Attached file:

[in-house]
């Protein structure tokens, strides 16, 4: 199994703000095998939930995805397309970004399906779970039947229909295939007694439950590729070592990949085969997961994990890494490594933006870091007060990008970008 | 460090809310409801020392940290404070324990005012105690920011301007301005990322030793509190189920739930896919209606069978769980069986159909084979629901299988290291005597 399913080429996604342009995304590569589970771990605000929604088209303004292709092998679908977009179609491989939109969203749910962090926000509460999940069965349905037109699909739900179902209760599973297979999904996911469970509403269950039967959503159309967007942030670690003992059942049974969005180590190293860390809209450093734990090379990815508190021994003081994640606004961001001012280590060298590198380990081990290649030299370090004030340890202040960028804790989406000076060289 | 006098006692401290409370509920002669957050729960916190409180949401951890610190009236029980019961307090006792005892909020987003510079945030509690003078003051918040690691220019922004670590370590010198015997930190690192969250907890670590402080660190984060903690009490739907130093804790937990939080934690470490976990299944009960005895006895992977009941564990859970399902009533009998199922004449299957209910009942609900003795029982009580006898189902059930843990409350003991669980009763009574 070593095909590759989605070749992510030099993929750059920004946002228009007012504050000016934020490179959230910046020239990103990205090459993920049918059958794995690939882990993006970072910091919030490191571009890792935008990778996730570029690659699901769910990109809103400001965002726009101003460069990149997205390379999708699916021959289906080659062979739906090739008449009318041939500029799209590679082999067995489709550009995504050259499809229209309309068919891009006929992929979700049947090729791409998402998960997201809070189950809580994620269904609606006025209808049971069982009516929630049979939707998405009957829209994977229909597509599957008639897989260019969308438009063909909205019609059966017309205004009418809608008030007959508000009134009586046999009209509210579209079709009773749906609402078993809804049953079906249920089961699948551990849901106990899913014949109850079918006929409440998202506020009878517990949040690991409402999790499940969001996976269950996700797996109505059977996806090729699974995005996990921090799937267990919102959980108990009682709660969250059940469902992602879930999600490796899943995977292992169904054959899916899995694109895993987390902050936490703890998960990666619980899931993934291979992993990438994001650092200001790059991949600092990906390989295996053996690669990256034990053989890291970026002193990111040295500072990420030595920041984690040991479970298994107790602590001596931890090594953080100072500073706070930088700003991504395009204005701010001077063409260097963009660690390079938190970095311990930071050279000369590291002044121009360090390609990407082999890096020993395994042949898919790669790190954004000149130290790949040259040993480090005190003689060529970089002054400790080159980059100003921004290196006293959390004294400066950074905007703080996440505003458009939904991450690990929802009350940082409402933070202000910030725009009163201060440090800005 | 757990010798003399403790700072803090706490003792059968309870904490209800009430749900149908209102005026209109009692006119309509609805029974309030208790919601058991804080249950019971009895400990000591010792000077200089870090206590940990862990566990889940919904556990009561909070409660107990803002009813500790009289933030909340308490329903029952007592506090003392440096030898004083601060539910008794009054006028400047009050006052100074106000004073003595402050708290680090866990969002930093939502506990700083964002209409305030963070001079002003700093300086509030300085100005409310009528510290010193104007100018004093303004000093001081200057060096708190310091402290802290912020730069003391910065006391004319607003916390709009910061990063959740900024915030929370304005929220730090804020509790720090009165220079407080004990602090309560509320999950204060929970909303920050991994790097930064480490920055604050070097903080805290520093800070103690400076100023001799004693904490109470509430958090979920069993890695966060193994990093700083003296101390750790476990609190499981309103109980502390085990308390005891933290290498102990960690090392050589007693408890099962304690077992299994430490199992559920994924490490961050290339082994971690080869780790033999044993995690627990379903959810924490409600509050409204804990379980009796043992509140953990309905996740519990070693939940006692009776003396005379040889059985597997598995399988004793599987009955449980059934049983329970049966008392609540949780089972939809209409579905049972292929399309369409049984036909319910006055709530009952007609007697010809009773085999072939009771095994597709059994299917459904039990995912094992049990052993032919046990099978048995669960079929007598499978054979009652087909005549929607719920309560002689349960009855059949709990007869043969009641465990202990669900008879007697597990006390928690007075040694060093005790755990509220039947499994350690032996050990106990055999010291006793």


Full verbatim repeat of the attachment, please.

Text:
[in-house]
């Protein structure tokens, strides 16, 4: 199994703000095998939930995805397309970004399906779970039947229909295939007694439950590729070592990949085969997961994990890494490594933006870091007060990008970008 | 460090809310409801020392940290404070324990005012105690920011301007301005990322030793509190189920739930896919209606069978769980069986159909084979629901299988290291005597 399913080429996604342009995304590569589970771990605000929604088209303004292709092998679908977009179609491989939109969203749910962090926000509460999940069965349905037109699909739900179902209760599973297979999904996911469970509403269950039967959503159309967007942030670690003992059942049974969005180590190293860390809209450093734990090379990815508190021994003081994640606004961001001012280590060298590198380990081990290649030299370090004030340890202040960028804790989406000076060289 | 006098006692401290409370509920002669957050729960916190409180949401951890610190009236029980019961307090006792005892909020987003510079945030509690003078003051918040690691220019922004670590370590010198015997930190690192969250907890670590402080660190984060903690009490739907130093804790937990939080934690470490976990299944009960005895006895992977009941564990859970399902009533009998199922004449299957209910009942609900003795029982009580006898189902059930843990409350003991669980009763009574 070593095909590759989605070749992510030099993929750059920004946002228009007012504050000016934020490179959230910046020239990103990205090459993920049918059958794995690939882990993006970072910091919030490191571009890792935008990778996730570029690659699901769910990109809103400001965002726009101003460069990149997205390379999708699916021959289906080659062979739906090739008449009318041939500029799209590679082999067995489709550009995504050259499809229209309309068919891009006929992929979700049947090729791409998402998960997201809070189950809580994620269904609606006025209808049971069982009516929630049979939707998405009957829209994977229909597509599957008639897989260019969308438009063909909205019609059966017309205004009418809608008030007959508000009134009586046999009209509210579209079709009773749906609402078993809804049953079906249920089961699948551990849901106990899913014949109850079918006929409440998202506020009878517990949040690991409402999790499940969001996976269950996700797996109505059977996806090729699974995005996990921090799937267990919102959980108990009682709660969250059940469902992602879930999600490796899943995977292992169904054959899916899995694109895993987390902050936490703890998960990666619980899931993934291979992993990438994001650092200001790059991949600092990906390989295996053996690669990256034990053989890291970026002193990111040295500072990420030595920041984690040991479970298994107790602590001596931890090594953080100072500073706070930088700003991504395009204005701010001077063409260097963009660690390079938190970095311990930071050279000369590291002044121009360090390609990407082999890096020993395994042949898919790669790190954004000149130290790949040259040993480090005190003689060529970089002054400790080159980059100003921004290196006293959390004294400066950074905007703080996440505003458009939904991450690990929802009350940082409402933070202000910030725009009163201060440090800005 | 757990010798003399403790700072803090706490003792059968309870904490209800009430749900149908209102005026209109009692006119309509609805029974309030208790919601058991804080249950019971009895400990000591010792000077200089870090206590940990862990566990889940919904556990009561909070409660107990803002009813500790009289933030909340308490329903029952007592506090003392440096030898004083601060539910008794009054006028400047009050006052100074106000004073003595402050708290680090866990969002930093939502506990700083964002209409305030963070001079002003700093300086509030300085100005409310009528510290010193104007100018004093303004000093001081200057060096708190310091402290802290912020730069003391910065006391004319607003916390709009910061990063959740900024915030929370304005929220730090804020509790720090009165220079407080004990602090309560509320999950204060929970909303920050991994790097930064480490920055604050070097903080805290520093800070103690400076100023001799004693904490109470509430958090979920069993890695966060193994990093700083003296101390750790476990609190499981309103109980502390085990308390005891933290290498102990960690090392050589007693408890099962304690077992299994430490199992559920994924490490961050290339082994971690080869780790033999044993995690627990379903959810924490409600509050409204804990379980009796043992509140953990309905996740519990070693939940006692009776003396005379040889059985597997598995399988004793599987009955449980059934049983329970049966008392609540949780089972939809209409579905049972292929399309369409049984036909319910006055709530009952007609007697010809009773085999072939009771095994597709059994299917459904039990995912094992049990052993032919046990099978048995669960079929007598499978054979009652087909005549929607719920309560002689349960009855059949709990007869043969009641465990202990669900008879007697597990006390928690007075040694060093005790755990509220039947499994350690032996050990106990055999010291006793």